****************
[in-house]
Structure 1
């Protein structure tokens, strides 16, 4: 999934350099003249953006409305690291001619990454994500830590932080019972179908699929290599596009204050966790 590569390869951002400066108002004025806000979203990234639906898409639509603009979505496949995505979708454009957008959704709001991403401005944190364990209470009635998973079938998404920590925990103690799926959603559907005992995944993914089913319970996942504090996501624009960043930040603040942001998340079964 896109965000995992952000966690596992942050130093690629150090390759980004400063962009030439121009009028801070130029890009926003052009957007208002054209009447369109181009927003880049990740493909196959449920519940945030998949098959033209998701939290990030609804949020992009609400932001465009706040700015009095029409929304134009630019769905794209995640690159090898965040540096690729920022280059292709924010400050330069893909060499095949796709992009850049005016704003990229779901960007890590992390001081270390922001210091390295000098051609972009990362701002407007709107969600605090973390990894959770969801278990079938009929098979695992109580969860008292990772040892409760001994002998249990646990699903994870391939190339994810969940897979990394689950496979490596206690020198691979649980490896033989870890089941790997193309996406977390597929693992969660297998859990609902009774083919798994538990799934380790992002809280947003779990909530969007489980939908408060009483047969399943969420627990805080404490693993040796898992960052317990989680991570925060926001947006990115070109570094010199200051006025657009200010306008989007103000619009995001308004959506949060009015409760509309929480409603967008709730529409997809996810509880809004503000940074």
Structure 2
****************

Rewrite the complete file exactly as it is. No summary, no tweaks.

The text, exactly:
[in-house]
Structure 1
């Protein structure tokens, strides 16, 4: 999934350099003249953006409305690291001619990454994500830590932080019972179908699929290599596009204050966790 590569390869951002400066108002004025806000979203990234639906898409639509603009979505496949995505979708454009957008959704709001991403401005944190364990209470009635998973079938998404920590925990103690799926959603559907005992995944993914089913319970996942504090996501624009960043930040603040942001998340079964 896109965000995992952000966690596992942050130093690629150090390759980004400063962009030439121009009028801070130029890009926003052009957007208002054209009447369109181009927003880049990740493909196959449920519940945030998949098959033209998701939290990030609804949020992009609400932001465009706040700015009095029409929304134009630019769905794209995640690159090898965040540096690729920022280059292709924010400050330069893909060499095949796709992009850049005016704003990229779901960007890590992390001081270390922001210091390295000098051609972009990362701002407007709107969600605090973390990894959770969801278990079938009929098979695992109580969860008292990772040892409760001994002998249990646990699903994870391939190339994810969940897979990394689950496979490596206690020198691979649980490896033989870890089941790997193309996406977390597929693992969660297998859990609902009774083919798994538990799934380790992002809280947003779990909530969007489980939908408060009483047969399943969420627990805080404490693993040796898992960052317990989680991570925060926001947006990115070109570094010199200051006025657009200010306008989007103000619009995001308004959506949060009015409760509309929480409603967008709730529409997809996810509880809004503000940074």
Structure 2